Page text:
Start building your own chatbot now!

Chatfuel offers a great and easy to understand environment to build simple bots, really fast. Since the bot’s actions are triggered with button clicks, it’s incredibly easy to mockup a conversation flow and deploy it to Messenger.

Yet, experienced bot builders will tell you: the actual user inputs your bot will get are impossible to predict exhaustively, sometimes absurd and quite often senseless. A pure input-output logic will sadly not get you very far.

This is precisely the reason why NLP is essential for a chatbot to be able to react to unpredictable inputs. Hence, if you ever have shipped an application to Facebook, you know that this will happen very, very often:

How to add NLP to chatfuel's bots

A chatbot failing at smalltalk

Some people just won’t click the buttons and type weird questions instead. To give you some perspective, one of the most triggered intent on one of customer support chatbot for a bank is @ask-joke. You would think people have better things to ask to their digital bank clerks – the reality is that most users want both: the facts and the fluff.

Knowing this reality is one thing, handling it is another. If you fail to handle fluff in a satisfying manner, you’ll leave your users deeply frustrated. The good news is that integrating Natural Language Processing with SAP Conversational AI to your existing Chatfuel bots only takes minutes, and I’ll guide you along the path.

What are we building today?

By the end of this tutorial, your existing bot will be able to understand more than 15 different topics of small talk and answer it cleverly, and you’ll have everything you need to add much more – all that in less than 10 minutes. So, without further notice, here’s what on the menu today:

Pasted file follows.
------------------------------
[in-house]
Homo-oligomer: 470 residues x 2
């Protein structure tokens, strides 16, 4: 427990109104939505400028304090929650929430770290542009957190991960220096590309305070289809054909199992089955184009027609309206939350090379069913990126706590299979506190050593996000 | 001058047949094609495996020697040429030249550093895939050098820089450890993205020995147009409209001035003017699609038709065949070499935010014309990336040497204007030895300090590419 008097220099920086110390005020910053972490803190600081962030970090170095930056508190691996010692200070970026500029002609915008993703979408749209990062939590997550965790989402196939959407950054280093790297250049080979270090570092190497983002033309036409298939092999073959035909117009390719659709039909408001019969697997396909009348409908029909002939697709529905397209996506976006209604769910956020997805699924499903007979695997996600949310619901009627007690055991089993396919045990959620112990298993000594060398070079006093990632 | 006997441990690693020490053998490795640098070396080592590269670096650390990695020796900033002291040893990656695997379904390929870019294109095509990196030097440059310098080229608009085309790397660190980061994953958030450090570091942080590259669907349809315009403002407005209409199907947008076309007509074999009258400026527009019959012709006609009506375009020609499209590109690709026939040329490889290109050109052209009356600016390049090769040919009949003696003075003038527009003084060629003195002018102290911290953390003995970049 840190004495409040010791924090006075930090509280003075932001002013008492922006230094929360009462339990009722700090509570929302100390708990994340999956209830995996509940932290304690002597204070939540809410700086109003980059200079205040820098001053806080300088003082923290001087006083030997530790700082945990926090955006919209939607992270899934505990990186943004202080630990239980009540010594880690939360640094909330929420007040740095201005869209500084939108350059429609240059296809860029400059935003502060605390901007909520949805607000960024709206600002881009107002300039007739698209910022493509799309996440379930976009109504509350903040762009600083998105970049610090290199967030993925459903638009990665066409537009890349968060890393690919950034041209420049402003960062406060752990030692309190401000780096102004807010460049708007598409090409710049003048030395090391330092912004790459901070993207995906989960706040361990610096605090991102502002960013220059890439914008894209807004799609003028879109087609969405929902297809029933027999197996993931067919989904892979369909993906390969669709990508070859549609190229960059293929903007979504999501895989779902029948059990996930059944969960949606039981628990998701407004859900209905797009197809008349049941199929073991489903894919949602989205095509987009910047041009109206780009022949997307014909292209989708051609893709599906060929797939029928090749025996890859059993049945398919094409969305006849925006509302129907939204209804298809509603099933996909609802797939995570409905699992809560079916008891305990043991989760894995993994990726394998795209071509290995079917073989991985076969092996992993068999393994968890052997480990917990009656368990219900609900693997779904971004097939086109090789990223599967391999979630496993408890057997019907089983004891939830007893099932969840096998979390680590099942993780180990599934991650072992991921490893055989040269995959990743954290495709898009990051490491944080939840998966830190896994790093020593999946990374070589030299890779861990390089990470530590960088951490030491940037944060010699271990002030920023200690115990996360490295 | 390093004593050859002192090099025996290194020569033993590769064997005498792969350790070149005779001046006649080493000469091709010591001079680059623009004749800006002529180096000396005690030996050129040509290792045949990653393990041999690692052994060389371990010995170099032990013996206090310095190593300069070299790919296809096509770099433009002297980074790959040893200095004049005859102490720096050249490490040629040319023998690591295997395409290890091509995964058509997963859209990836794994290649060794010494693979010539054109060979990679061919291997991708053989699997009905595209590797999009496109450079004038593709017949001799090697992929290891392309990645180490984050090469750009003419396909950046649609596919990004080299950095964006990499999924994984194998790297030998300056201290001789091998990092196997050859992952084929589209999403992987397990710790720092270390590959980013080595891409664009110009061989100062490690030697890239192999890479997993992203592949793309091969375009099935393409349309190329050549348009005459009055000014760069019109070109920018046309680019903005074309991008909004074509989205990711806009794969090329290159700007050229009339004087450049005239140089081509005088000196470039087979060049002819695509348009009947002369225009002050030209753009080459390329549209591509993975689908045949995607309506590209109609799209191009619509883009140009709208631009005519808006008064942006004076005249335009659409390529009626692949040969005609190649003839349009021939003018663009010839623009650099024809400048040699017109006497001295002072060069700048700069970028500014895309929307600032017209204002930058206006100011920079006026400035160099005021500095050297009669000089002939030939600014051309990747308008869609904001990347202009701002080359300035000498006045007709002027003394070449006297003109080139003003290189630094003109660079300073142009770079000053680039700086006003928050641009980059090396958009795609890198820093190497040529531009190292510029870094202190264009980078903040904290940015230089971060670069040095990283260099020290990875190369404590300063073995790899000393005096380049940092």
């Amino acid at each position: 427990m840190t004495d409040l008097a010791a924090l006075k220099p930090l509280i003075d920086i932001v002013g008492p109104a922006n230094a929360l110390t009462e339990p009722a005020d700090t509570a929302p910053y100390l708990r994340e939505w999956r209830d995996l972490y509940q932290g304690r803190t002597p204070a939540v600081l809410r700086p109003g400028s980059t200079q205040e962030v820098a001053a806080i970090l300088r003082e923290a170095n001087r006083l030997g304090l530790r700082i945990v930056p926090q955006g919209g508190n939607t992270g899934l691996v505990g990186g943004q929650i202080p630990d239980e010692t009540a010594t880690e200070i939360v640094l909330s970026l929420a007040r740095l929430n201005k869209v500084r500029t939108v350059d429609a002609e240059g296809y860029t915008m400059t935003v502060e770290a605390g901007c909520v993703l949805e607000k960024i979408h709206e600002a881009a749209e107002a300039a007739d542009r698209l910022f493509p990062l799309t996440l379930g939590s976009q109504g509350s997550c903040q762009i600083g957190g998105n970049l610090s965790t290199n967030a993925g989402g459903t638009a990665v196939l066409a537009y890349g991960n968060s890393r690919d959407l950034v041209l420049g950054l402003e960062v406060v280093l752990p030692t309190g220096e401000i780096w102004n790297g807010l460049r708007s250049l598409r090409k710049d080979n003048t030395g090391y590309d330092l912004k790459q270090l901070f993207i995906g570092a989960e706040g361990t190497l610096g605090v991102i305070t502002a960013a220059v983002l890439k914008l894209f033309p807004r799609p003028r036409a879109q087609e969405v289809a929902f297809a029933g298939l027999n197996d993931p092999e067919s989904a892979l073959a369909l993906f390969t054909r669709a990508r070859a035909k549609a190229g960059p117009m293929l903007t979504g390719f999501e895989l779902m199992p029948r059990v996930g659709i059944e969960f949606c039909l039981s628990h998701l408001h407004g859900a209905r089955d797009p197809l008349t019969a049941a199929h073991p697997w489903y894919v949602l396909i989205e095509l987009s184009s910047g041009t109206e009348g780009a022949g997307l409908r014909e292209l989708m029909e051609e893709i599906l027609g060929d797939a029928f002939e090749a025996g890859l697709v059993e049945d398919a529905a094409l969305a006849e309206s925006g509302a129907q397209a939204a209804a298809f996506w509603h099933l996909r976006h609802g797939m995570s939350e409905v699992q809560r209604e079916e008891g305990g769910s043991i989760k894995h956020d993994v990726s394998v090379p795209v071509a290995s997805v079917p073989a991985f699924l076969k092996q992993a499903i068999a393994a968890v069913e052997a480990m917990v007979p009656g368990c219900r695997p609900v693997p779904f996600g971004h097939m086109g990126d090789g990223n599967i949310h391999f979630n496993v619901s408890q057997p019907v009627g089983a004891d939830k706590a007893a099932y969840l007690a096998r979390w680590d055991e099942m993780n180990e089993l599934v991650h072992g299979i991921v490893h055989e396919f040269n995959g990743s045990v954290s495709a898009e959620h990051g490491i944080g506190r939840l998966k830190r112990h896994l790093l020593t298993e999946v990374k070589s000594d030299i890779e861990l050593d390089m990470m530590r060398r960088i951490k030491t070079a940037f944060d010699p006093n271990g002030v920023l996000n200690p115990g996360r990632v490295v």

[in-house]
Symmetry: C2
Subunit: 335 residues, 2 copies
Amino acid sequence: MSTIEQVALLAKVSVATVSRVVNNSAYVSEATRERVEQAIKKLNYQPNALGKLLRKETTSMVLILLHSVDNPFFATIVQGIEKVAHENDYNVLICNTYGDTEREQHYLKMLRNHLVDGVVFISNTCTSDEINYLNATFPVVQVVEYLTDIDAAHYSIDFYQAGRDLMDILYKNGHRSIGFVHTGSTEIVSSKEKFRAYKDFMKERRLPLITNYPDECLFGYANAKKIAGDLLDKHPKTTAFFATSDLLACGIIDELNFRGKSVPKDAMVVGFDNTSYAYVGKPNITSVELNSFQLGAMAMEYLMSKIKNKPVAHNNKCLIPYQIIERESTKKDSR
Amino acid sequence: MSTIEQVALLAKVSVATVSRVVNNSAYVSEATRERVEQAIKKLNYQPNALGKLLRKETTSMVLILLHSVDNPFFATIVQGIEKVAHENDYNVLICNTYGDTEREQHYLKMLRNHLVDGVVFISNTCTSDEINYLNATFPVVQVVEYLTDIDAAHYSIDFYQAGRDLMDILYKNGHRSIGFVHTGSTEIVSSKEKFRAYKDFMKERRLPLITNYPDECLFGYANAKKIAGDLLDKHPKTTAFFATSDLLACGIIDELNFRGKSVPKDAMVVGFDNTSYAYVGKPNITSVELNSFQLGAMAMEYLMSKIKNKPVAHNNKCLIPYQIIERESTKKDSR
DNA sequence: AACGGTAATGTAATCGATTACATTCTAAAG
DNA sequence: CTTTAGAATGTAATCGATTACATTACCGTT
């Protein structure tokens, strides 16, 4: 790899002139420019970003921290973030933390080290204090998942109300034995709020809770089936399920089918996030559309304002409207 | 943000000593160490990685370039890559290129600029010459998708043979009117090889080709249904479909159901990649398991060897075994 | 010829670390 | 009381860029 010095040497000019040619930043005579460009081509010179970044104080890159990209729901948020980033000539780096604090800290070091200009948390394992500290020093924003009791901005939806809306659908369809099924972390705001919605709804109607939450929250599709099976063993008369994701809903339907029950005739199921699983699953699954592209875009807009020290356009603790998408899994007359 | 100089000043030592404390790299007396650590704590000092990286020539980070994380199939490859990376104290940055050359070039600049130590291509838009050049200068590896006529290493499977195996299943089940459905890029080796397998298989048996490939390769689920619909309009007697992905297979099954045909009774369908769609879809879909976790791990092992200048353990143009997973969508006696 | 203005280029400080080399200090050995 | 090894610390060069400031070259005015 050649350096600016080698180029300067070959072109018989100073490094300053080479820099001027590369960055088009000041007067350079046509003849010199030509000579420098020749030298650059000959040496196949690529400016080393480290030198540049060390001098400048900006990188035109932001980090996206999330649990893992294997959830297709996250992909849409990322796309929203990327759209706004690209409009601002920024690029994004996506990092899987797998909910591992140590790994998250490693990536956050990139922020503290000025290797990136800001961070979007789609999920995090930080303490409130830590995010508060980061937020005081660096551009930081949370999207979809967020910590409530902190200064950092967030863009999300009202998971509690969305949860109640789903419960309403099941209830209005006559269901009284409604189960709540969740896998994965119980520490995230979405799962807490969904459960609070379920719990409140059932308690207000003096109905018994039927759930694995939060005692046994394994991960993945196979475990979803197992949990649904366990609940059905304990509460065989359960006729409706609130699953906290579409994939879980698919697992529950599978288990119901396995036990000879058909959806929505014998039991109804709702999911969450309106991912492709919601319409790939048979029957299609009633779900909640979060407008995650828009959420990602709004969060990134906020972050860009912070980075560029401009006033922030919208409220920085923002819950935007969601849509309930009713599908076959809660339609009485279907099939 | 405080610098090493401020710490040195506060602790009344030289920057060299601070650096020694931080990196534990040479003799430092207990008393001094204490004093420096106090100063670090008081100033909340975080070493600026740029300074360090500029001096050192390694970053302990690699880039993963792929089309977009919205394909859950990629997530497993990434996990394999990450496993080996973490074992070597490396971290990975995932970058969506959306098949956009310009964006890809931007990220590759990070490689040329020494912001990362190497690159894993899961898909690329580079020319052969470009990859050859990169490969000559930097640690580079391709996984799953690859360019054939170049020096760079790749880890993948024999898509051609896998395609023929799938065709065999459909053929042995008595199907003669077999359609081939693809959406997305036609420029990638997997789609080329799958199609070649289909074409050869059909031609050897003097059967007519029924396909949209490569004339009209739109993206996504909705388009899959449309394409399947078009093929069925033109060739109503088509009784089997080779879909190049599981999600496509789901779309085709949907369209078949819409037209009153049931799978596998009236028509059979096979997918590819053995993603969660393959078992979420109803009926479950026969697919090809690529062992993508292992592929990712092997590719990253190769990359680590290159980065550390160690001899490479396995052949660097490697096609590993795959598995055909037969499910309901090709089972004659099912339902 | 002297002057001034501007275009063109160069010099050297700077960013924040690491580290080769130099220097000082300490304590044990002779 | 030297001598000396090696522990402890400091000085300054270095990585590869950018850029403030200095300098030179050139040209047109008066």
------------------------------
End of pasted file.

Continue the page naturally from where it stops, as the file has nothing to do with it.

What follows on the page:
1. Setting up a SAP Conversational AI account
  2. Training your bot to understand and respond to small talk
  3. Interfacing SAP Conversational AI and Chatfuel
  4. Setting up a fallback on Chatfuel

Find a comfortable spot, and get the stopwatch ready. Now it is the time to plug a SAP Conversational AI brain into your Chatfuel’s bot!

Setting up your SAP Conversational AI account

  1. To begin, create an account on SAP Conversational AI! It’s free 🙂
  2. It’s now time to log in and create your first bot. Click on the button “Start with a template”, or just on + NEW BOT in the header section

    Add NLP to Chatfuel bots

    Create your first bot on SAP Conversational AI

  3. Choose “Create a complete chatbot”
  4. You can choose one or many pre-defined skills to generate a boilerplate for you bot. Pick Greetings and Small Talks
  5. Choose your bot name
  6. You can add an optionnal description
  7. Set English as the default language
  8. You can keep your bot public as there is no private info, but you can change this setting later

checkmark Step 1/4 – Set up a SAP Conversational AI account


Train your bot

The train tab is the default view on your bot, and it displays its intentsAn intent is a “box” of sentences that all carry the same meaning, even though they can be very different to one another. When a user sends some text to your bot, our algorithm compares it to the phrases in your intents. Then it checks if it’s close enough to one of them and decides what the intention of the message is.

Because we started with a boilerplate you will already see a lot of intents:

Give Chatfuel a brain

Overview of your basic intents

This means that your bot already knows how to recognize 16 different meanings in hand typed messagesIf you want to learn how to create new intents or improve the existing ones, I invite you to give a look at this tutorial.


The Build tab is where you find Bot Builder. It helps you construct the conversation flow of your bot using SkillsEach Skill represents one thing that your bot know to do, and they can interact with each other.

You can already see the two default skills, greetings and small-talk picked during the creation of the bot.

What’s a skill?

A skill has four parts:

  • Readme: Where you explain the purpose of your skill
  • Triggers: Where you define why this skill should be activated after a user message
  • Requirements: Describes what information this skill has to collect, and what questions need to be asked to fulfill the requirements.
  • Actions: What to do once the requirements are fulfilled

The two premade skills are very simple: they are triggered if the user message contains a certain intent and answer with a message depending on the intent. The skill greetings takes care of the intents greetings and goodbye, and the skill small-talk handles the 14 others.